The Postman Always Rings Twice
Top Links
trailers and videosfull cast and crewtriviaofficial sitesmemorable quotes
main detailscombined detailsfull cast and crewcompany credits
Awards & Reviews
user reviewsexternal reviewsawardsuser ratingsparents guide
Plot & Quotes
plot summarysynopsisplot keywordsmemorable quotes
Did You Know?
triviagoofssoundtrack listingcrazy creditsalternate versionsmovie connectionsFAQ
Other Info
box office/businessrelease datesfilming locationstechnical specsliterature listingsNewsDesk
taglines trailers and videos posters photo gallery
External Links
showtimesofficial sitesmiscellaneousphotographssound clipsvideo clips
The content of this page was created directly by users and has not been screened or verified by IMDb staff.
Visit our FAQ Help to learn more
Unable to edit? Request access

The title is something of a non sequitur; nowhere in the novel does a postman character appear, nor is one even alluded to. When asked for an explanation, Cain stated that the manuscript had been rejected by 13 publishers prior to being accepted for publication on his 14th attempt, so that when the publisher asked him what he wanted the work to be entitled he drew on this experience and suggested The Postman Always Rings Twice.
-- Wikipedia page for " The Postman Always Rings Twice"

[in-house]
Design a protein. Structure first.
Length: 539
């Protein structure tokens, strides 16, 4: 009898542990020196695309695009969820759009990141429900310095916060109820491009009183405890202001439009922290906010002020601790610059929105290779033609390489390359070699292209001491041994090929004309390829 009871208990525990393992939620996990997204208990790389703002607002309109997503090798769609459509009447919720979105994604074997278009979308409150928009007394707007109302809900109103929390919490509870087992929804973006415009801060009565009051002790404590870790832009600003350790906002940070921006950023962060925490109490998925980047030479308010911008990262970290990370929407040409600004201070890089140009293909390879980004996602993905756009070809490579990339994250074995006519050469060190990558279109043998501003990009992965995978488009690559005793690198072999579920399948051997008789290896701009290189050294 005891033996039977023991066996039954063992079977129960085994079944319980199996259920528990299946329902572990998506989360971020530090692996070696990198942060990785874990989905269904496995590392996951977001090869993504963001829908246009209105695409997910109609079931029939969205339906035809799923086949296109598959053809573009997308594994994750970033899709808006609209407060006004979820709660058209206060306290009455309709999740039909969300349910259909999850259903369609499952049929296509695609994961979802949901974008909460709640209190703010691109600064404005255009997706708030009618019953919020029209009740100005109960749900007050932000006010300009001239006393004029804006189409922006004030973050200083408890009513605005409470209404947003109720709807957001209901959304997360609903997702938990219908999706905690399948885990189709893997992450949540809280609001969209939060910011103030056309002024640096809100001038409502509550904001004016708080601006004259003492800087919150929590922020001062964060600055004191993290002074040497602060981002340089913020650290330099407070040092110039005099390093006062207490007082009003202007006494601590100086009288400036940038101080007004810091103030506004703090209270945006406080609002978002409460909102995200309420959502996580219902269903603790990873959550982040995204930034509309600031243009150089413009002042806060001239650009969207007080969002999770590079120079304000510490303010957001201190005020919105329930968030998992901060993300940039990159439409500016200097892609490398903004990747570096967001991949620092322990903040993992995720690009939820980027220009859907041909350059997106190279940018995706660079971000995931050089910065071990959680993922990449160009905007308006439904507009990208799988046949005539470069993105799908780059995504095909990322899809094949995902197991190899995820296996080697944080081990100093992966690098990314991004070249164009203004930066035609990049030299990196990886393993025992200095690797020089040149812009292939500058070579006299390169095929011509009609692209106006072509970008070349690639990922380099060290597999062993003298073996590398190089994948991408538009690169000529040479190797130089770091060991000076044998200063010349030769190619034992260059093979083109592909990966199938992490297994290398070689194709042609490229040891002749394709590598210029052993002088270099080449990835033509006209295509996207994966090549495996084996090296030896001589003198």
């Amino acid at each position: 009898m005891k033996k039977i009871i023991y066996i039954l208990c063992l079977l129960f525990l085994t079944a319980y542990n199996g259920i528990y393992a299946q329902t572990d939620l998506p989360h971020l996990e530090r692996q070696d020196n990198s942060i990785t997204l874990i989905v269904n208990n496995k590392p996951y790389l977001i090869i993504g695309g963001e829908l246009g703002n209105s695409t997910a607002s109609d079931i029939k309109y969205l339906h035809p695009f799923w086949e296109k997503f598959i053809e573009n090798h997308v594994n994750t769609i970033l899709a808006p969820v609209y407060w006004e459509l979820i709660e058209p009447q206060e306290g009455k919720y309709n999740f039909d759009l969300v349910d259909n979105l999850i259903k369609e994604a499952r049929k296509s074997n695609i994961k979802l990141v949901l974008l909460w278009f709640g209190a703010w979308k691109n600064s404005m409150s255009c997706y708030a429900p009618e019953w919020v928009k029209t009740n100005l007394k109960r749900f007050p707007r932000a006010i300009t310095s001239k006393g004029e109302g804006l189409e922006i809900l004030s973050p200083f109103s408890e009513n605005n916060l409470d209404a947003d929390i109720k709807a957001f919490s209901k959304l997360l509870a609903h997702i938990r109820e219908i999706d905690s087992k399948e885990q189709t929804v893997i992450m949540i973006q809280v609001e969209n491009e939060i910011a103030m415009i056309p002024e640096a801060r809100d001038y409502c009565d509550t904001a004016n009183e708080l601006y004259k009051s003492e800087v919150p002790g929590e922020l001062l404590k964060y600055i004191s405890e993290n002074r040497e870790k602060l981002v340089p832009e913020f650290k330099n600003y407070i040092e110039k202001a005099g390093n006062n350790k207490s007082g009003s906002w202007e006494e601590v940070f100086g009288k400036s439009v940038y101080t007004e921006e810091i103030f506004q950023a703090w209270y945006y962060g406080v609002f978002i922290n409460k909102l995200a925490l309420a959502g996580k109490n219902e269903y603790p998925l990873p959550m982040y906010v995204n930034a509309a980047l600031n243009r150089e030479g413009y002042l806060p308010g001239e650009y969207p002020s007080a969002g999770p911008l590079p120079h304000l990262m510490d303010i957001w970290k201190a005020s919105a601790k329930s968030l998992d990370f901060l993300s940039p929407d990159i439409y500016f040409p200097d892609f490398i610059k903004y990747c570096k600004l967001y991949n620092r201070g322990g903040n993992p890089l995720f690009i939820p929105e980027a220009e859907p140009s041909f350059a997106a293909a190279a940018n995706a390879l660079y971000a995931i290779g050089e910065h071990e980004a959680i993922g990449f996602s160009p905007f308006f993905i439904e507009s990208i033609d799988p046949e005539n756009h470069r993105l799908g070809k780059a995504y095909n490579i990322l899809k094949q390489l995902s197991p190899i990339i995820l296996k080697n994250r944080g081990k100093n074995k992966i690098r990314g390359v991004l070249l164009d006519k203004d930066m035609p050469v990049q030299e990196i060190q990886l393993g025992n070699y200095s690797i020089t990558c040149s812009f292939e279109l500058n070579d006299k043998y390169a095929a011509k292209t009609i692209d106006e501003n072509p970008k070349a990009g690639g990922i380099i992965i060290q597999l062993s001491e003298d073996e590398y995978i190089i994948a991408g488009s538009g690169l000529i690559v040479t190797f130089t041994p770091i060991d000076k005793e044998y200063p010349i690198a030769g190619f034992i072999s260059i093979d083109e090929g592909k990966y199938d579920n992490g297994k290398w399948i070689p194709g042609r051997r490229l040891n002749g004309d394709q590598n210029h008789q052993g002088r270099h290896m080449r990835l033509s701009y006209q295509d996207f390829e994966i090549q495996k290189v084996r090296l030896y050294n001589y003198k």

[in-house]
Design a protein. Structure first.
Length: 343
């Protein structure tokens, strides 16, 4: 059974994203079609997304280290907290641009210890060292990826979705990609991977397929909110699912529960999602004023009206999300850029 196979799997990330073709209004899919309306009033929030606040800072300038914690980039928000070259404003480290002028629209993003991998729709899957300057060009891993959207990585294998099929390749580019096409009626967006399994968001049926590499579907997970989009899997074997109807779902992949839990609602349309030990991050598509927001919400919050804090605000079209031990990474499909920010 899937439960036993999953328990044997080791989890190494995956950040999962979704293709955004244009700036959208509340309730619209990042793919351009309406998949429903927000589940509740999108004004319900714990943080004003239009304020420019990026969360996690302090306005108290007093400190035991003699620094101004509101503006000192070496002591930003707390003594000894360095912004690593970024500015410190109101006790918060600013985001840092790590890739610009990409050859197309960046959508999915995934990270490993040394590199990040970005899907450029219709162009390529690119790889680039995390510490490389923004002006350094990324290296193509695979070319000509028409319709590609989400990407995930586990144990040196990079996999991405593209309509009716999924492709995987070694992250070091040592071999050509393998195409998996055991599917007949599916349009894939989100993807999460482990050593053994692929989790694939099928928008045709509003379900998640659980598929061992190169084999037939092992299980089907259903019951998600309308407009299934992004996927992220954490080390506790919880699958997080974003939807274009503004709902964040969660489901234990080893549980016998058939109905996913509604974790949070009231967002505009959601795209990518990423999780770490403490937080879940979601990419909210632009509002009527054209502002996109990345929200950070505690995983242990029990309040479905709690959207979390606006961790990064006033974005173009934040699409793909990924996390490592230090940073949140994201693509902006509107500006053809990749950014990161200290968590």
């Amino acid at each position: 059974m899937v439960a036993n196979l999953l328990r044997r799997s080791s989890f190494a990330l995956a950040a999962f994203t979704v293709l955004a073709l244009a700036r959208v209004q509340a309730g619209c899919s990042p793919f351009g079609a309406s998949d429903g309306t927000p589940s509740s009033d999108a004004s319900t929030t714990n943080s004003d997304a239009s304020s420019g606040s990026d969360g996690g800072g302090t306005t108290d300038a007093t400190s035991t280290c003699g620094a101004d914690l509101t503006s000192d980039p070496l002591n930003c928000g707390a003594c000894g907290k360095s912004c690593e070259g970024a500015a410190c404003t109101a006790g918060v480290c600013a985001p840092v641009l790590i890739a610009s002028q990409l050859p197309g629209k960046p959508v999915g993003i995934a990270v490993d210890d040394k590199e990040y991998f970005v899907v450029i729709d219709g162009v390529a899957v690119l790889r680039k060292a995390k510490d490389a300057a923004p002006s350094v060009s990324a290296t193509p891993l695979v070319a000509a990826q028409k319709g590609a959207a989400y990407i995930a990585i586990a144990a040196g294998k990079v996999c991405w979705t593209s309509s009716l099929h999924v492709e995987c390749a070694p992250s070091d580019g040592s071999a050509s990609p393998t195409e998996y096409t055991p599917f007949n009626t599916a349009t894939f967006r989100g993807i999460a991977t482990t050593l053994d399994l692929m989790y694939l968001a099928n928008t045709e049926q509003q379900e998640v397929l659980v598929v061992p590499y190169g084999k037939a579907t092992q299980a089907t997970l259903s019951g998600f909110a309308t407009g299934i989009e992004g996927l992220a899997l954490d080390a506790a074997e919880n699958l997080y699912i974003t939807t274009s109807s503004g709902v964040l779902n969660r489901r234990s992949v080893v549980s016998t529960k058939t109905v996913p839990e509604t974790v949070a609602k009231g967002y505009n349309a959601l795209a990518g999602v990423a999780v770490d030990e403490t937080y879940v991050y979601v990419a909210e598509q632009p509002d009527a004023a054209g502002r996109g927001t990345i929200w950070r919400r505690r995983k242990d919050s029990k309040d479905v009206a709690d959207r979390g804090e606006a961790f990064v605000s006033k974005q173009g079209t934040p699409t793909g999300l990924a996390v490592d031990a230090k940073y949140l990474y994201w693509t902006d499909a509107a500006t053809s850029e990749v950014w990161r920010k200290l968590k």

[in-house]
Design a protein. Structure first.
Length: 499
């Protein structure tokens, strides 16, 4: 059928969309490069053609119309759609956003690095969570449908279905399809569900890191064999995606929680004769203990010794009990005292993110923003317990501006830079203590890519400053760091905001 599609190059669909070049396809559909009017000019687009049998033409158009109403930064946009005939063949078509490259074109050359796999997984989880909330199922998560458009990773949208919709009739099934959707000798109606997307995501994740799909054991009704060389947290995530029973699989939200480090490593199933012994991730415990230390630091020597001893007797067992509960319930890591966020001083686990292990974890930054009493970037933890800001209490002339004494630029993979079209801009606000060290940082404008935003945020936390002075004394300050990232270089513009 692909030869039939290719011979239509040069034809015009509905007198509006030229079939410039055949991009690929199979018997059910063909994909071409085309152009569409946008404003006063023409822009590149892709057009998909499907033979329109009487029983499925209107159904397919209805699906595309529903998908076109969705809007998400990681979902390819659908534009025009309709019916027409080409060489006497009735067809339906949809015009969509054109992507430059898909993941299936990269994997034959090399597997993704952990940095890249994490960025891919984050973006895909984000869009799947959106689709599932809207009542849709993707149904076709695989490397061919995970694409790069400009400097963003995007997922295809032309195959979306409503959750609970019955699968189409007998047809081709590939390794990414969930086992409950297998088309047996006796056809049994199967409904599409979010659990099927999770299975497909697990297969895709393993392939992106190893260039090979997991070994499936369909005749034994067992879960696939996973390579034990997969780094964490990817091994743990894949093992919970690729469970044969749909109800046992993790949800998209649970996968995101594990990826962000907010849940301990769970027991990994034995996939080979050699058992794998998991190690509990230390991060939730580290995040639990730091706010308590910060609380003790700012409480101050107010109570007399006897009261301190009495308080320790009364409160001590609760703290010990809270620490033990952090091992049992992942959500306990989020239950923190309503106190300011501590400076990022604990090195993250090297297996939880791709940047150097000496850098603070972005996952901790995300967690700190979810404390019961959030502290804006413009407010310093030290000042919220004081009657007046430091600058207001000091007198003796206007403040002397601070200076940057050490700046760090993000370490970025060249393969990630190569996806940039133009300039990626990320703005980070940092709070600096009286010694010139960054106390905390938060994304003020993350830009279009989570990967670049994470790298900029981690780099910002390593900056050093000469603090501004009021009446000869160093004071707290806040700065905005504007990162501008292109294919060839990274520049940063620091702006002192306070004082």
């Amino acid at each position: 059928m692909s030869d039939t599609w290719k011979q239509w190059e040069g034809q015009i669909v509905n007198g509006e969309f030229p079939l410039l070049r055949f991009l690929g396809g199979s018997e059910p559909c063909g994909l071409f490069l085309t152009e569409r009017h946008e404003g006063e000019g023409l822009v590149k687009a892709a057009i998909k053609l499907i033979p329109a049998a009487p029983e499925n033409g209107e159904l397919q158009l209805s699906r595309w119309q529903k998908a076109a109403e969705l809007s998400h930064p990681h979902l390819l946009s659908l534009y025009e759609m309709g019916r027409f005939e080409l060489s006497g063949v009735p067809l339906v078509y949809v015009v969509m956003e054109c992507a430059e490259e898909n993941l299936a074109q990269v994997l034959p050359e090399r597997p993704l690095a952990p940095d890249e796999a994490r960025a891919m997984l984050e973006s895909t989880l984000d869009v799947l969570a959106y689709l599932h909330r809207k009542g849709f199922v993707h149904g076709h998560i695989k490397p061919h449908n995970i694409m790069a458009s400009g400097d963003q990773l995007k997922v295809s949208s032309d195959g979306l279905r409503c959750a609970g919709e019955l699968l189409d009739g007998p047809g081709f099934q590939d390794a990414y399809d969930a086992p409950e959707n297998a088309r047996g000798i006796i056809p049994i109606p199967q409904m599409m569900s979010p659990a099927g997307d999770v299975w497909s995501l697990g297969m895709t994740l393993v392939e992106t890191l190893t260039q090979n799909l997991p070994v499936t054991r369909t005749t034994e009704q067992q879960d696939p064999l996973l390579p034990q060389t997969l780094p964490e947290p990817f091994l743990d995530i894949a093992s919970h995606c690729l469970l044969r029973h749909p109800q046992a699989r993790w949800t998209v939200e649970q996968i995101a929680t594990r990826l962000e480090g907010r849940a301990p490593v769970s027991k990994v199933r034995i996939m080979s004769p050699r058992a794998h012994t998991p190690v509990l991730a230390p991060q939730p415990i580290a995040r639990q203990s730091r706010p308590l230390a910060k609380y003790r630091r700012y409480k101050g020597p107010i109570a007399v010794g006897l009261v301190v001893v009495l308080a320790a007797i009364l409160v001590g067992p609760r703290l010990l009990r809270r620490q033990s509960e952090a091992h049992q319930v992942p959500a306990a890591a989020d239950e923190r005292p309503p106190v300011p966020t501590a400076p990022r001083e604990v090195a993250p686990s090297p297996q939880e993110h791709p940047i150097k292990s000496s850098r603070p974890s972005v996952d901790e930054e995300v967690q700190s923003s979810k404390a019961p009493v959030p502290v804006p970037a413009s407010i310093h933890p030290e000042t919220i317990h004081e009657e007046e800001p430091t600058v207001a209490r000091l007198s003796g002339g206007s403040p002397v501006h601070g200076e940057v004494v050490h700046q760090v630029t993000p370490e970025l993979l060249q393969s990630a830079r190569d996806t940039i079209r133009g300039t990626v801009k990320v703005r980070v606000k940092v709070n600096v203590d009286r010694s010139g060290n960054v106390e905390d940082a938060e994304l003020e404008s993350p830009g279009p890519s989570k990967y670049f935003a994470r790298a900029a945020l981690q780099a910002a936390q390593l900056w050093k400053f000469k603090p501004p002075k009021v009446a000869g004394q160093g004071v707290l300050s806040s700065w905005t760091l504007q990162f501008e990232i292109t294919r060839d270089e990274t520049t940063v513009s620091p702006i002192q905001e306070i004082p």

Probably no one was more surprised at the worldwise reaction to The Postman Always Rings Twice when it was published in 1934 than its author, James M. Cain. His little novel rocked readers and critics as they had never been rocked before. Cain had described Postman simply as being about 'a couple of jerks who discover that murder, though dreadful enough morally, can be a love story, too, but then wake up to discover that once they've pulled the thing off, no two people can share this terrible secret.' It was his favorite theme, which he had already developed in his 1928 short story "Pastorale" and would use again in his 1936 Liberty magazine serial, Double Indemnity. Cain, who was 42 when Postman was published, thought the book might sell a few thousand copies, if he was lucky, and maybe he would have another idea for a novel.

But Postman was that rare achievement - a literary success that was also a best-seller which kept on selling and selling around the world and down through the years.
-- Roy Hoopes (ed.), Career C and Other Fiction, NY, 1986

dear mr. r [Frank Rosengren, a book seller] . . .

am enclosing check for two dollars for 'postman rings twice.' it arrived with one ring since our postman is no mental epicure.
-- Joe McCarthy (ed.), Fred Allen's Letters, NY, 1965, p. 125 (lower case letters in the original)


Related Links

Plot summary Parents Guide Trivia
Quotes Goofs Soundtrack listing
Crazy credits Alternate versions Movie connections
User reviews Main details